Holistic Arts Institute

Integrating Ancient Wisdom and Modern Practice

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The primary benefits of these natural chemicals lie in their abilities as antioxidants
to fight premature aging, prevent disease, and aid the body to resist cancer.



The colorful spectrum of phytonutrients is a vast, frequently untapped therapeutic boon to natural healing.  To access this rich resource and begin experiencing its many benefits, simply eat a variety of fruits and vegetables of all colors—the more colorful and beautiful the better! 






Because HAI’s typical student is an adult learner with family and professional responsibilities, our flexible learning format works within your own schedule.  You may enroll at any time and progress at your own pace as the rest of your life plan allows.  Although, learning at HAI is self-paced, we do ask that all courses and programs be completed within two years of the initial enrollment date. 


Most of our courses require about sixty hours of study time.  Some students are able to complete a course in as little as two weeks, while others may take a month or more.  Our programs then, each consisting of three to twelve courses, can easily be completed within one to two years or even less with a regular study routine. 



The Healing Benefits
of Water



Water is a medium that is able to amplify and send energetic wave patterns.  The ability of water to copy, memorize, and carry energetic signals and messages was shown in the 1980s by researcher Jacque Benveniste.  In an experiment, he exposed ordinary water to the recorded signals of acetylcholine and ovalbumin.  The recordings were then introduced to isolated guinea pig hearts.  The effects of the digitized water were identical to the effects on the heart produced by the actual substances of acetylcholine and ovalbumin.  This experiment and others like it, although controversial, provide insight into the importance of water in cellular communication and the ability of water to duplicate and transmit the energy frequencies of a substance.  The ability of water to copy and memorize information is also the theory behind the potentization process that is used in homeopathy (Lloyd 65). . . MORE!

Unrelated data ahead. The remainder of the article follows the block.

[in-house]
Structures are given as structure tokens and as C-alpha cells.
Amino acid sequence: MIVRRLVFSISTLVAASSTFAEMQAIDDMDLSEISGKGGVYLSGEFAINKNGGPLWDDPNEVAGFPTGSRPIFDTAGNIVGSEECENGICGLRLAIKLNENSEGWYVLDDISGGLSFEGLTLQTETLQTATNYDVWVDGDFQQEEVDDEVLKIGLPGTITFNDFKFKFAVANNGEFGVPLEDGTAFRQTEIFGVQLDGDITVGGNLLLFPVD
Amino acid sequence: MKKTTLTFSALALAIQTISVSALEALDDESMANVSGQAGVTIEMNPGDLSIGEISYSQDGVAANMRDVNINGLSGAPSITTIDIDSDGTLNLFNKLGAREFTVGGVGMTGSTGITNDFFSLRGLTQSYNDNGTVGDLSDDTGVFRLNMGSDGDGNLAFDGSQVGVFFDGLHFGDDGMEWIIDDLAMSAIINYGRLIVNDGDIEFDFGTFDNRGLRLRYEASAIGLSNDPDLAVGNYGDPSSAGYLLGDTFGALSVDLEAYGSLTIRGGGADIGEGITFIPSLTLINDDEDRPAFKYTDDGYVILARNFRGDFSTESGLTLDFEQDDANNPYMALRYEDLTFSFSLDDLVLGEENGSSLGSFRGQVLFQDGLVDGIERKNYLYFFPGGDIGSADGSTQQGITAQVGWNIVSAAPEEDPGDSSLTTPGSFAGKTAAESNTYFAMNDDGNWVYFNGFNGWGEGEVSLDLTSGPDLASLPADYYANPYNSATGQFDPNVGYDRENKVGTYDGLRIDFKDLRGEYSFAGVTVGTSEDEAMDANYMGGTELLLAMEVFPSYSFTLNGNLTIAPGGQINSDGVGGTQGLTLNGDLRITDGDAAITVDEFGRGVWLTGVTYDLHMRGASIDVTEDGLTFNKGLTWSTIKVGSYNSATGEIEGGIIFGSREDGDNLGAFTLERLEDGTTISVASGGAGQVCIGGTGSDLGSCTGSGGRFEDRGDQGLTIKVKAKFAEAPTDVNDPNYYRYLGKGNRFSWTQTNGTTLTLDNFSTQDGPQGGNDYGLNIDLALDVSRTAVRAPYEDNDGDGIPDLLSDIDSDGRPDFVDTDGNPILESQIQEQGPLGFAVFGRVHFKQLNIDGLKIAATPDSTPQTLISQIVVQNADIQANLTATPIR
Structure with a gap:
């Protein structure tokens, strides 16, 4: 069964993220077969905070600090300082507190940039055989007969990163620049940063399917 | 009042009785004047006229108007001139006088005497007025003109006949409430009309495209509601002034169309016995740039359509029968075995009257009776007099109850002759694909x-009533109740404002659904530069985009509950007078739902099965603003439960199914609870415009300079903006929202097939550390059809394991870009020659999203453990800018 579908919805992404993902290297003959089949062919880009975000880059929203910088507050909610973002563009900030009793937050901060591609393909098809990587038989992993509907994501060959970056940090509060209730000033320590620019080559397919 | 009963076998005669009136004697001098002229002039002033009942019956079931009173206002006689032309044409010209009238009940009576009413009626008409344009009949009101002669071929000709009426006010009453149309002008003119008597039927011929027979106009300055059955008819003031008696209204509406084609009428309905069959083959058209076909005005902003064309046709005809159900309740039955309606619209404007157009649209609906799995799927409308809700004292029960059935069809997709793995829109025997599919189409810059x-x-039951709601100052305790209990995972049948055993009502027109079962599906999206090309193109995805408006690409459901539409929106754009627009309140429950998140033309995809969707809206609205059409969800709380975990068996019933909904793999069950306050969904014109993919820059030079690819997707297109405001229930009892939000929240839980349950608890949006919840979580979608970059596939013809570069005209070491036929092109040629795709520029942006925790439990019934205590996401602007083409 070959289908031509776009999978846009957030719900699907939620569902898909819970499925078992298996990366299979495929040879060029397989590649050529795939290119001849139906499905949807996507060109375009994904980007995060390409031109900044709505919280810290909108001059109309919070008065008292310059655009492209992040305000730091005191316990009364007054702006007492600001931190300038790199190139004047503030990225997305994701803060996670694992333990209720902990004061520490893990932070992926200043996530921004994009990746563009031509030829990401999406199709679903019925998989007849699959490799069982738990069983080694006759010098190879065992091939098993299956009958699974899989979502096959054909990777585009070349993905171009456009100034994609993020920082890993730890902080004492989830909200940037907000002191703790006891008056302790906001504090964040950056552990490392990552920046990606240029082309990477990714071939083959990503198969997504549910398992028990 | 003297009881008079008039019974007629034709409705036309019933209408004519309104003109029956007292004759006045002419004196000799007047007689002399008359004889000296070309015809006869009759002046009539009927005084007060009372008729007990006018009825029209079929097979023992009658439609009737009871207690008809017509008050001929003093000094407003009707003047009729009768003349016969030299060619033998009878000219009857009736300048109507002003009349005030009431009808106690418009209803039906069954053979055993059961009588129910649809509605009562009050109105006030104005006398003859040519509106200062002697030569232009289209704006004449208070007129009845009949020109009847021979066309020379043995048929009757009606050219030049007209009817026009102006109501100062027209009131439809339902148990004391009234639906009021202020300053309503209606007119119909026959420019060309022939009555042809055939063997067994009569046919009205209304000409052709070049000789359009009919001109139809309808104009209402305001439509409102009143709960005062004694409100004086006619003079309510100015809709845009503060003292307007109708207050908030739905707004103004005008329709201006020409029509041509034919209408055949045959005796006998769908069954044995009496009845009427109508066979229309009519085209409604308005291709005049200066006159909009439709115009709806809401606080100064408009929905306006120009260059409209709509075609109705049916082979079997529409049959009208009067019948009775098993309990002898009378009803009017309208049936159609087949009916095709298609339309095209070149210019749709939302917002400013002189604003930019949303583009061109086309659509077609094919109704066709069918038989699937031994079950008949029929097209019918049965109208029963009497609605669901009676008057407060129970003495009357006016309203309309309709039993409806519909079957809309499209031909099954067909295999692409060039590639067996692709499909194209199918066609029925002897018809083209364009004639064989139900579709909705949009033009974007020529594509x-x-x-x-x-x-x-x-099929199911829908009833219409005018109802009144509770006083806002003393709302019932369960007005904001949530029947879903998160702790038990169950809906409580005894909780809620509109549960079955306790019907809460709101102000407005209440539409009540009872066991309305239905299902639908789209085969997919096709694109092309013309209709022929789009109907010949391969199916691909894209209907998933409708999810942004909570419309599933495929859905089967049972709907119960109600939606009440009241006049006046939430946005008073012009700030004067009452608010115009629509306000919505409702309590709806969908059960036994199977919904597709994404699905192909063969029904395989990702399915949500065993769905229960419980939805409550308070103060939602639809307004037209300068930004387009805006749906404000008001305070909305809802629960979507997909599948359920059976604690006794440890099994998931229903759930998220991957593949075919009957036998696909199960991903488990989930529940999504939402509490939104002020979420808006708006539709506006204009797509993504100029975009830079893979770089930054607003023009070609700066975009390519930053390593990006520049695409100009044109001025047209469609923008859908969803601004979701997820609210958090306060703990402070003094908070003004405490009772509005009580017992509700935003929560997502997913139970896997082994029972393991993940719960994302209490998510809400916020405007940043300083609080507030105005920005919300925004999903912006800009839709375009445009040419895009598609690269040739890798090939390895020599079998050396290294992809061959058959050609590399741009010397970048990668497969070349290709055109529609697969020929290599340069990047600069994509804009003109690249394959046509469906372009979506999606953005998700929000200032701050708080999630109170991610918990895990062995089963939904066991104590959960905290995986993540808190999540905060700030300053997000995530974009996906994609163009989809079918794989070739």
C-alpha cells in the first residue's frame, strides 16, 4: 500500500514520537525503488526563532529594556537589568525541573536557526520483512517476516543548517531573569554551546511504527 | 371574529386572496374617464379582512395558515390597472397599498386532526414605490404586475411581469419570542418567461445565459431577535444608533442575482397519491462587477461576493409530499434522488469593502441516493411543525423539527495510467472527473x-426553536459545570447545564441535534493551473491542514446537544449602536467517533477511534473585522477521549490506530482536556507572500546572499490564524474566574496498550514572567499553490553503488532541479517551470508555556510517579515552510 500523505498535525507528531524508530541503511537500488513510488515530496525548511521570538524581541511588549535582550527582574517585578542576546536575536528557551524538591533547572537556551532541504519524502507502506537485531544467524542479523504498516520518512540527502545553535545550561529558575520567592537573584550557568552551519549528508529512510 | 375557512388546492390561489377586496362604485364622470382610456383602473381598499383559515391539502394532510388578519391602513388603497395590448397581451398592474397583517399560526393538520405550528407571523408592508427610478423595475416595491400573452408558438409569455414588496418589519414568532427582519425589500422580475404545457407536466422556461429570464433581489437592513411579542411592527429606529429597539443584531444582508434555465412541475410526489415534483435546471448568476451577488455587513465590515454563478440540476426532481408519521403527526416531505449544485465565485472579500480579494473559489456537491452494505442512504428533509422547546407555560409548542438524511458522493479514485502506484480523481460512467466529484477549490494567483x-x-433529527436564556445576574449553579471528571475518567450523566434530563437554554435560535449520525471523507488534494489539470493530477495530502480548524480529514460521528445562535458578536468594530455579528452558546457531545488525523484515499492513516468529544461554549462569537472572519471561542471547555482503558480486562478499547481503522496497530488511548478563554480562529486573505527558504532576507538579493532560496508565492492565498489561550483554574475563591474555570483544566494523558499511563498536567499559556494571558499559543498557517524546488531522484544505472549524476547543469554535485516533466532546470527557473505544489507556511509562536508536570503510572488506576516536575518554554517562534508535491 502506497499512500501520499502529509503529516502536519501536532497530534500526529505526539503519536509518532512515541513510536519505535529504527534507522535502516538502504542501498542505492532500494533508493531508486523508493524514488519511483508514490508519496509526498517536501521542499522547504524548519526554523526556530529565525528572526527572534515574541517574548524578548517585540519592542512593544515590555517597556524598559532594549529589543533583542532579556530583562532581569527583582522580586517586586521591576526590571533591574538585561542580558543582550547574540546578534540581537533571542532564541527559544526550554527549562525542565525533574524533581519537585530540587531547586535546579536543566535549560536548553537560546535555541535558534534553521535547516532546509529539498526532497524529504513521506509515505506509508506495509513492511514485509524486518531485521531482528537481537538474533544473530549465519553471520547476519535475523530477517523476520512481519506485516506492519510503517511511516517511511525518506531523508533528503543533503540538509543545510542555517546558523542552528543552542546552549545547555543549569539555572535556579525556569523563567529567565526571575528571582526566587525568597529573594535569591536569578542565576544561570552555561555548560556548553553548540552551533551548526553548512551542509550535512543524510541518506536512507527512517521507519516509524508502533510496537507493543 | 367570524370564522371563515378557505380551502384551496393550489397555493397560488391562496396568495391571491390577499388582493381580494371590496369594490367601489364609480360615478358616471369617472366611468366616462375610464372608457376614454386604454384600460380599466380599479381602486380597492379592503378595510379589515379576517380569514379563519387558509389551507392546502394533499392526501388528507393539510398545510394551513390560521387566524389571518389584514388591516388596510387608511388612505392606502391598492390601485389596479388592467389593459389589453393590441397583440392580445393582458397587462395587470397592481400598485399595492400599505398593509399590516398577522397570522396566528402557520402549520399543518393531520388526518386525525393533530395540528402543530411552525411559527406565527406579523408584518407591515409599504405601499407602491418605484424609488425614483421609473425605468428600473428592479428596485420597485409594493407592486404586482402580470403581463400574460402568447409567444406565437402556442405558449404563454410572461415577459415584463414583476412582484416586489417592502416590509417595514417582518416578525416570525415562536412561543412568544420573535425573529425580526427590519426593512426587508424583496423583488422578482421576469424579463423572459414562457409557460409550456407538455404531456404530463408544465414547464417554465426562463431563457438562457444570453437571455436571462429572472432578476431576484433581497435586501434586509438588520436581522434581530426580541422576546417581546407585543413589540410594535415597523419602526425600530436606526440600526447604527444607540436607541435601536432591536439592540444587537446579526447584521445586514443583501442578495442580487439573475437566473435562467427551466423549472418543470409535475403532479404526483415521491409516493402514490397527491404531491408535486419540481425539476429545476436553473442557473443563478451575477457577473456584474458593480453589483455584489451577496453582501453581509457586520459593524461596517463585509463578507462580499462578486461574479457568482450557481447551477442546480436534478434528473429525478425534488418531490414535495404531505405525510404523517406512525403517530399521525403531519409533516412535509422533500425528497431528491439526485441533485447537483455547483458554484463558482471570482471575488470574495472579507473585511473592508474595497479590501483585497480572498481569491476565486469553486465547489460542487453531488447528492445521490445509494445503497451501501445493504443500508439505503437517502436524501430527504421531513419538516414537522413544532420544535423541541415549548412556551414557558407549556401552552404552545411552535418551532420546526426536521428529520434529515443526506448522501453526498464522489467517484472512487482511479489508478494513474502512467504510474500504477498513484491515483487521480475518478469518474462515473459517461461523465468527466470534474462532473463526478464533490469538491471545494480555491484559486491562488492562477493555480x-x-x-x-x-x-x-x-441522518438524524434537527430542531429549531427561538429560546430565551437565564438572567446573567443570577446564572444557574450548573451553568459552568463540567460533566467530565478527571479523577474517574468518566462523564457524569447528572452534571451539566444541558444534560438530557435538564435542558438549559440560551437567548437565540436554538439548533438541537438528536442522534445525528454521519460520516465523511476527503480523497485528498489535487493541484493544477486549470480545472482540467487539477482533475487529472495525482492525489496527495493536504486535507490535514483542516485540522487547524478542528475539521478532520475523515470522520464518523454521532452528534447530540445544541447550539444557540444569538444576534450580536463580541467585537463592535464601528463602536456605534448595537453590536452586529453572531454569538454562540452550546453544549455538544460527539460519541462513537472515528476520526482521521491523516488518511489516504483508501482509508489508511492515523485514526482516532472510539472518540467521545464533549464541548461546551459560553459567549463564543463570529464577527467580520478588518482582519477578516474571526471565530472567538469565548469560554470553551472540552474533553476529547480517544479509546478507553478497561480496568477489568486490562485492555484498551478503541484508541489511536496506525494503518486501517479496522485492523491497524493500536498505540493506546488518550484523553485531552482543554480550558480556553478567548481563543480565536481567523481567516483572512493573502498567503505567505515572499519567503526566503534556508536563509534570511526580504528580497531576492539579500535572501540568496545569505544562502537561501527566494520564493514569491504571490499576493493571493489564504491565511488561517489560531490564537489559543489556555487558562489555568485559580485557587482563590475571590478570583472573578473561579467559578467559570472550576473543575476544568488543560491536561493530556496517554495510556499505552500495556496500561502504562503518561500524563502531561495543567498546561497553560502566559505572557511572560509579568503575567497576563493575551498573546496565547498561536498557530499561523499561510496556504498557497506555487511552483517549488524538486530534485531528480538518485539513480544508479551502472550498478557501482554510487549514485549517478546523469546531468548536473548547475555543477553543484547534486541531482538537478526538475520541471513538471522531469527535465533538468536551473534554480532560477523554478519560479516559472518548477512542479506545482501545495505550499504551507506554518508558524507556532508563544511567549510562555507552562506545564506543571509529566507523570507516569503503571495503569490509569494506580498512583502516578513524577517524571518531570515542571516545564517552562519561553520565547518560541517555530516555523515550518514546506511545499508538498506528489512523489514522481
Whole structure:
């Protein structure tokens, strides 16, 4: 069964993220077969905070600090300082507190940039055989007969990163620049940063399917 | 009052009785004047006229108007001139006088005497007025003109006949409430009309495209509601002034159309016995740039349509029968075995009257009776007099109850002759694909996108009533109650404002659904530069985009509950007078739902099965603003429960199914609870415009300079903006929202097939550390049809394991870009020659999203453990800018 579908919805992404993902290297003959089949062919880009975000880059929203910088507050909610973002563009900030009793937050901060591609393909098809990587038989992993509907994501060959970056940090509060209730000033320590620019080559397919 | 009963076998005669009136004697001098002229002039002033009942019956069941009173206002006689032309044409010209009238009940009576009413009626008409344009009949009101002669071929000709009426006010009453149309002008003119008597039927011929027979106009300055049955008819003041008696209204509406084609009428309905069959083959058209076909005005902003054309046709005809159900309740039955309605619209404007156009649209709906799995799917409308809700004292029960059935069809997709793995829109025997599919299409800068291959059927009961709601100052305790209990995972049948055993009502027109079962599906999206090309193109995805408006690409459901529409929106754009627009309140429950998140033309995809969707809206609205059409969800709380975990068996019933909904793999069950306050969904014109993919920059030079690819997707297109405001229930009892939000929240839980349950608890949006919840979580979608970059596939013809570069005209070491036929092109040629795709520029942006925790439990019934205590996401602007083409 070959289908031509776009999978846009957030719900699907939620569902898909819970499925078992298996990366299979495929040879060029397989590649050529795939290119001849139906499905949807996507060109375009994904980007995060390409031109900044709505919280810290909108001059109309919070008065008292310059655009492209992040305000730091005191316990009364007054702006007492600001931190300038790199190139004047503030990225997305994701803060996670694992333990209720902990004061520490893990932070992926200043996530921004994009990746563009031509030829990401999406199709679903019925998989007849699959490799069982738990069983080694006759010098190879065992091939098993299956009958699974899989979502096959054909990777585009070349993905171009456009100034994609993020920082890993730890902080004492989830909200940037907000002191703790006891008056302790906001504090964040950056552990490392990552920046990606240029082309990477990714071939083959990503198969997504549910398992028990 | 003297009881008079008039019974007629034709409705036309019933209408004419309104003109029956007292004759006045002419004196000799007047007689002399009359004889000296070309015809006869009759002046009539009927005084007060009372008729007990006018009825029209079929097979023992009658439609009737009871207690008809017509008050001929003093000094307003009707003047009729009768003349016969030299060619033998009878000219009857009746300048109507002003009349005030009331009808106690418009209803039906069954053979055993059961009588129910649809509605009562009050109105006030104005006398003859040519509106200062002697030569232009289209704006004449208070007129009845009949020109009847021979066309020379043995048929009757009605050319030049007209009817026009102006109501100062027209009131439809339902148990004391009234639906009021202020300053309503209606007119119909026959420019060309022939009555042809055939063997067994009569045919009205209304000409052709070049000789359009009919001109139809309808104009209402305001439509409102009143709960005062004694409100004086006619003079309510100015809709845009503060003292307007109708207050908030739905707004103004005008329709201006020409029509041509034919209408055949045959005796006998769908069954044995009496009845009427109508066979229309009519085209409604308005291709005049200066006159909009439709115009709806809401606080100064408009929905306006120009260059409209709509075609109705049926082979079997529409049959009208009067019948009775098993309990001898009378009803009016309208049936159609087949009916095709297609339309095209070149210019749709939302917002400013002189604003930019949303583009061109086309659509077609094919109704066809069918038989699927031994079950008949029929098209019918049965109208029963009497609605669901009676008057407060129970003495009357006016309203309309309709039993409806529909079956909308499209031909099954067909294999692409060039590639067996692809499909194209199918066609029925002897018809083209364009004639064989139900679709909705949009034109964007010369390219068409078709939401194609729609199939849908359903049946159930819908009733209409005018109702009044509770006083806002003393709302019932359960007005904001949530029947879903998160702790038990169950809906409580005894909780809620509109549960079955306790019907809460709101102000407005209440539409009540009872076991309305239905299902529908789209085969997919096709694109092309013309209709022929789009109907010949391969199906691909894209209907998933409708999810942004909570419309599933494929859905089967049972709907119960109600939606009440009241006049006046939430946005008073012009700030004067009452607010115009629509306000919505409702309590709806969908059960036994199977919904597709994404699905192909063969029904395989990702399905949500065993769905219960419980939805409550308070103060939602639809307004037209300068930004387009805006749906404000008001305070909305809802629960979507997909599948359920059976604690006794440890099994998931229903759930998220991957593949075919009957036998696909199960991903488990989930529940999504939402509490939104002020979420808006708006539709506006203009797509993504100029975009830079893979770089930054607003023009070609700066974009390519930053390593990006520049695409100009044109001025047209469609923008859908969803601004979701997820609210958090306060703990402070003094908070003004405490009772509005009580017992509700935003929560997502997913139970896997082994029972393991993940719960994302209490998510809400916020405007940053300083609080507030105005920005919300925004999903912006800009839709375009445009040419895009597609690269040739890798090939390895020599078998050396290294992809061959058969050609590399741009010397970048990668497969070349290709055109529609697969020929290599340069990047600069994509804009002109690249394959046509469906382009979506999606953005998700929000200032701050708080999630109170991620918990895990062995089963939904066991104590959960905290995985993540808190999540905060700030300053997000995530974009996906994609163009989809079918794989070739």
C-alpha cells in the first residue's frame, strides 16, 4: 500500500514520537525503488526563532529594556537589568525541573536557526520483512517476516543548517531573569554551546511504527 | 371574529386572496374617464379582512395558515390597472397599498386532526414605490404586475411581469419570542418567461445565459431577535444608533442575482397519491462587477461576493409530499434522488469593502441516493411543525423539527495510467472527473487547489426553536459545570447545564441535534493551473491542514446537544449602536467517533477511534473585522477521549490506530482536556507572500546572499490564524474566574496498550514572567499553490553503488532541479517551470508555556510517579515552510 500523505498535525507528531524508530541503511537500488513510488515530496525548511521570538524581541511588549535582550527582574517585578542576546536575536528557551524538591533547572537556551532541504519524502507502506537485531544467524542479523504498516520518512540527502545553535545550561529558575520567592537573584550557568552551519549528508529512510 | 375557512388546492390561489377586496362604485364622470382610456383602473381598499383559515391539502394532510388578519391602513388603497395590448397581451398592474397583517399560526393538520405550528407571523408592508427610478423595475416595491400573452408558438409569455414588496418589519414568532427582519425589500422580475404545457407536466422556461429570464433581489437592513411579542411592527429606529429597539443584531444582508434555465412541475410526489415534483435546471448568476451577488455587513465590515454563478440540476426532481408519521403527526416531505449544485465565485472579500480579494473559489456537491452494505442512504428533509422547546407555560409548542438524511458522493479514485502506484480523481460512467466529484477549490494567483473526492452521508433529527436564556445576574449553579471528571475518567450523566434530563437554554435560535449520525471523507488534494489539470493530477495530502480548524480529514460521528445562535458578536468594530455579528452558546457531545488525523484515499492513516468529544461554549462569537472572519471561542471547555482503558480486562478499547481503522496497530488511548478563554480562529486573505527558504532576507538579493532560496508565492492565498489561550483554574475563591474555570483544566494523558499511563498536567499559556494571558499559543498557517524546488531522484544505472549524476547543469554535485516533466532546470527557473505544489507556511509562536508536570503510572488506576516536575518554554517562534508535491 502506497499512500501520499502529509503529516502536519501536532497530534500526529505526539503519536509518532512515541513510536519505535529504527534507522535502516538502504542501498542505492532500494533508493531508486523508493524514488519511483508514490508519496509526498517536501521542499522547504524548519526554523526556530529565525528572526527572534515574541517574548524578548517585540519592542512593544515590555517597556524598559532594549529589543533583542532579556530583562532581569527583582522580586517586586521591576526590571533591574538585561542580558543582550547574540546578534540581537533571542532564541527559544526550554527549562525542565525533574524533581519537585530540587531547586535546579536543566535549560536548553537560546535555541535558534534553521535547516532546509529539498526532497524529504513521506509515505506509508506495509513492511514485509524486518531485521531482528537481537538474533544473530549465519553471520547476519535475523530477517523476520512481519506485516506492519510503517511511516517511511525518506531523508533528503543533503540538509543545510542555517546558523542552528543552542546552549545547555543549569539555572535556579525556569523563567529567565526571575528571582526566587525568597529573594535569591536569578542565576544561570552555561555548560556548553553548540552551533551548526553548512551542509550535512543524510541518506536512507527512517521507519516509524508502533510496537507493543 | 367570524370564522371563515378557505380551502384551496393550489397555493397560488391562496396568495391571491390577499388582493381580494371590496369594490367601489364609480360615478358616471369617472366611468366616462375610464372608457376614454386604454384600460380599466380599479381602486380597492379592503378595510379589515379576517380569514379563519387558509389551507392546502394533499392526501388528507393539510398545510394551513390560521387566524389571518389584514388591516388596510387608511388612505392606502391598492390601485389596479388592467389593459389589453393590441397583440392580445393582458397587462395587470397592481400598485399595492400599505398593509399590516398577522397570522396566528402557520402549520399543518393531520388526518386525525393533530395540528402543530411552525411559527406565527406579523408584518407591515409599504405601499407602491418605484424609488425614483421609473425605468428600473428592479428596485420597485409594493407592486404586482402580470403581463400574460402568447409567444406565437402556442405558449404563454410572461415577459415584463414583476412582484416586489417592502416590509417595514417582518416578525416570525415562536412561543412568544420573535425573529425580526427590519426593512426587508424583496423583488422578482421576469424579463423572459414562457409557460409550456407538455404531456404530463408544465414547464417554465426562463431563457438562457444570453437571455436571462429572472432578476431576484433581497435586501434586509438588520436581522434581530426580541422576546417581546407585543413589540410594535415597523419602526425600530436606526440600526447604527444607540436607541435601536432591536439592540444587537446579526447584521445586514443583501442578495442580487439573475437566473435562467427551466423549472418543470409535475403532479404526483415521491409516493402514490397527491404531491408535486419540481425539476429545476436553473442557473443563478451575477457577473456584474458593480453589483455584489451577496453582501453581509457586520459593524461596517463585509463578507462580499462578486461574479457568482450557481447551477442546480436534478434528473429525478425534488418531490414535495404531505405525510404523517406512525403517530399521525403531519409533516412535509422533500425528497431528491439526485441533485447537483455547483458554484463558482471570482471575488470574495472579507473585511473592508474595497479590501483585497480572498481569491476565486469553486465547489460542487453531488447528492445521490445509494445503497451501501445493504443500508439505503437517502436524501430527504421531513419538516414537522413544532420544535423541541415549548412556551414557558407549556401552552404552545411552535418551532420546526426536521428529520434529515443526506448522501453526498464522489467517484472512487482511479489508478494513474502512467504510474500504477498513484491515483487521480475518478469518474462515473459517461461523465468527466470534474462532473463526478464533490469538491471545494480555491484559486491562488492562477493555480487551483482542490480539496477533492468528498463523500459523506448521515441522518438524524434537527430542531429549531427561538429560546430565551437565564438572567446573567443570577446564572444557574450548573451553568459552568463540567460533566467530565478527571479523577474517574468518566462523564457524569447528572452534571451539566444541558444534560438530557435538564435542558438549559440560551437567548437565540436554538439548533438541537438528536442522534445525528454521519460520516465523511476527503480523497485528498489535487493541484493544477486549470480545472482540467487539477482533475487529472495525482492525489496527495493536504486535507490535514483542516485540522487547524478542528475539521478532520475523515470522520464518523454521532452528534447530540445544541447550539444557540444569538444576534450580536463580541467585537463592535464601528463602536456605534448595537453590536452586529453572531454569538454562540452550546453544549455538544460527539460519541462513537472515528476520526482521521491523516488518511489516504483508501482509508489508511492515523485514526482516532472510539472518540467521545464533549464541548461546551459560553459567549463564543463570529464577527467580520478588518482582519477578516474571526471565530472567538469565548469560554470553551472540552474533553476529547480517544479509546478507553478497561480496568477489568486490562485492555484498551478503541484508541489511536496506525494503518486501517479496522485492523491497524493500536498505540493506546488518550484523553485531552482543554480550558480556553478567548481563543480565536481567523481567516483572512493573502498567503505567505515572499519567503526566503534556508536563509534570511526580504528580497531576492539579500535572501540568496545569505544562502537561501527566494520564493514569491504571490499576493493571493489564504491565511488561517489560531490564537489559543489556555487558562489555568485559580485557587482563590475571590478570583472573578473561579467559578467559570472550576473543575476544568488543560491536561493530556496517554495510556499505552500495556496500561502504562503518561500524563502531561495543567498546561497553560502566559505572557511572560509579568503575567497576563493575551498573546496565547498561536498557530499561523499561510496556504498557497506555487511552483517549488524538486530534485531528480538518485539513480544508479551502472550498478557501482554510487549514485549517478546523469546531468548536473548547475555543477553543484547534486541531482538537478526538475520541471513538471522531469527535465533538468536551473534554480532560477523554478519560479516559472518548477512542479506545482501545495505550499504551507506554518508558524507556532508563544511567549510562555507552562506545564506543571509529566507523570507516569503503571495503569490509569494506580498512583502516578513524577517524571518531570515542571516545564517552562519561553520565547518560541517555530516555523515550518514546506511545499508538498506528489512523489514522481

You can’t use up creativity.



The more you use,

the more you have.

~Maya Angelou



Fast, Easy, Affordable!



Earn a diploma from

the comfort of your own home: 


 Master Herbalist (MH)

 Natural Health Consultant (NHC)

 Nutritional Consultant (NC)







At this time, many holistic practitioners choose to work in private practice offering individualized holistic wellness consultations.  Others may be involved in: 


~Holding health seminars. 


~Writing books and articles on various aspects of holistic medicine. 


~Developing DVD and CD programs concerning holistic health.